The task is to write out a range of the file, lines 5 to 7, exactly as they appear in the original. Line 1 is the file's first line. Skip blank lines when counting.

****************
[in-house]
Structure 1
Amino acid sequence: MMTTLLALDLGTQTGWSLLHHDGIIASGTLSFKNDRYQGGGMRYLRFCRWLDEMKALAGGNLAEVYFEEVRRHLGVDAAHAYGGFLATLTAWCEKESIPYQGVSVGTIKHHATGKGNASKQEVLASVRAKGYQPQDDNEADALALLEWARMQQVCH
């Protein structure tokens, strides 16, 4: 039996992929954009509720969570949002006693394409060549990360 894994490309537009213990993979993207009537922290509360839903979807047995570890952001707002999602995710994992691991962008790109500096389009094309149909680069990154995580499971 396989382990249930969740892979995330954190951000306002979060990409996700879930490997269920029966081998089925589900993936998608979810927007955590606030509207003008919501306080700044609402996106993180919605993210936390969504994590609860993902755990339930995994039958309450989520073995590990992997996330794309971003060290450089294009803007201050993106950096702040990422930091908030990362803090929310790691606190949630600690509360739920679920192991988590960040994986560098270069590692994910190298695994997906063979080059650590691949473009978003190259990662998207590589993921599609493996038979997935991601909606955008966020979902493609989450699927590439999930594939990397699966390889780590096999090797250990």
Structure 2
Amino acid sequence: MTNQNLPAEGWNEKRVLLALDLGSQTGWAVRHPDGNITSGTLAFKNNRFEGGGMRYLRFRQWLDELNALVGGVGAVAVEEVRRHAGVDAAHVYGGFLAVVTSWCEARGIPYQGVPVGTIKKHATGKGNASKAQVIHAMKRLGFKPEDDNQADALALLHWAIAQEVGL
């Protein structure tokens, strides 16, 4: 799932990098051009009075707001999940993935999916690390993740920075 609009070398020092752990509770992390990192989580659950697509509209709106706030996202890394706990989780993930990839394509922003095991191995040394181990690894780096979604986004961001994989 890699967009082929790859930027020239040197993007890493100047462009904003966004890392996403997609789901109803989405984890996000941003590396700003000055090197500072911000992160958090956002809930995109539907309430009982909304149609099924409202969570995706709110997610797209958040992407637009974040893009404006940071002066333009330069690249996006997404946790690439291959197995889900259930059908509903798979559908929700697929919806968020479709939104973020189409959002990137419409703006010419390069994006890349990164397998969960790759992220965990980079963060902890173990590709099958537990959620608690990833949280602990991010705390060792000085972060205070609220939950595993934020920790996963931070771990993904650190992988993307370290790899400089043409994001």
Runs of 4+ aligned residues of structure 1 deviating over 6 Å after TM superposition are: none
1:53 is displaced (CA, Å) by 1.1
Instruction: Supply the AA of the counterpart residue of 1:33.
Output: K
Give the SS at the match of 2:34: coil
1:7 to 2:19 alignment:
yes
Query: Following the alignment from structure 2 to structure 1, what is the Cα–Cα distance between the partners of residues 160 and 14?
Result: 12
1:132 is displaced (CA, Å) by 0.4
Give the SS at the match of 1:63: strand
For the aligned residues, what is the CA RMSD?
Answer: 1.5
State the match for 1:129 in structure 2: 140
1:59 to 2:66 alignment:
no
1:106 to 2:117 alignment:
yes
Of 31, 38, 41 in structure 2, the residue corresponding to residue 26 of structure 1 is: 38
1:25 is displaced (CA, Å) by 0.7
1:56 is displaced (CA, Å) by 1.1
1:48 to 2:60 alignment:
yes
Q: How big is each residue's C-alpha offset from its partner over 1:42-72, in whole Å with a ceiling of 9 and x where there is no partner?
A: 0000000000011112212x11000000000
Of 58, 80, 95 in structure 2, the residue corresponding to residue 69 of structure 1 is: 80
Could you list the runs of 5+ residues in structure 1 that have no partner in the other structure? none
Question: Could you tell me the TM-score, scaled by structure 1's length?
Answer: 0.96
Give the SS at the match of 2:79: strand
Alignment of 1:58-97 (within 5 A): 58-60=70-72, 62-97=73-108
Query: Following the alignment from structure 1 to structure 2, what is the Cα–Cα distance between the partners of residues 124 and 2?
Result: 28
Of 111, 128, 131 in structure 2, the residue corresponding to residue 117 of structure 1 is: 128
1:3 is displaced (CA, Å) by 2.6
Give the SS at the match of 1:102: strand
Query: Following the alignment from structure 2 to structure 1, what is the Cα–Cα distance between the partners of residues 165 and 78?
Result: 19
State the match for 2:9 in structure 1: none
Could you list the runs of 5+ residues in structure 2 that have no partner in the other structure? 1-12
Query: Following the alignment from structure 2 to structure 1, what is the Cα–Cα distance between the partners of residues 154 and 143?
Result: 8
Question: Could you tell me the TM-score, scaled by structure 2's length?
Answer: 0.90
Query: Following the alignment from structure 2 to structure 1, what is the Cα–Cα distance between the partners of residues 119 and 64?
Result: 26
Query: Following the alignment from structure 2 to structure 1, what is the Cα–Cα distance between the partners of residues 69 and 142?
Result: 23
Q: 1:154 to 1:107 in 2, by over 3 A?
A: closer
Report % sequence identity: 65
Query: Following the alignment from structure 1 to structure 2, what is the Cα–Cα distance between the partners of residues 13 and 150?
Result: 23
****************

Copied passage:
Structure 2
Amino acid sequence: MTNQNLPAEGWNEKRVLLALDLGSQTGWAVRHPDGNITSGTLAFKNNRFEGGGMRYLRFRQWLDELNALVGGVGAVAVEEVRRHAGVDAAHVYGGFLAVVTSWCEARGIPYQGVPVGTIKKHATGKGNASKAQVIHAMKRLGFKPEDDNQADALALLHWAIAQEVGL
């Protein structure tokens, strides 16, 4: 799932990098051009009075707001999940993935999916690390993740920075 609009070398020092752990509770992390990192989580659950697509509209709106706030996202890394706990989780993930990839394509922003095991191995040394181990690894780096979604986004961001994989 890699967009082929790859930027020239040197993007890493100047462009904003966004890392996403997609789901109803989405984890996000941003590396700003000055090197500072911000992160958090956002809930995109539907309430009982909304149609099924409202969570995706709110997610797209958040992407637009974040893009404006940071002066333009330069690249996006997404946790690439291959197995889900259930059908509903798979559908929700697929919806968020479709939104973020189409959002990137419409703006010419390069994006890349990164397998969960790759992220965990980079963060902890173990590709099958537990959620608690990833949280602990991010705390060792000085972060205070609220939950595993934020920790996963931070771990993904650190992988993307370290790899400089043409994001």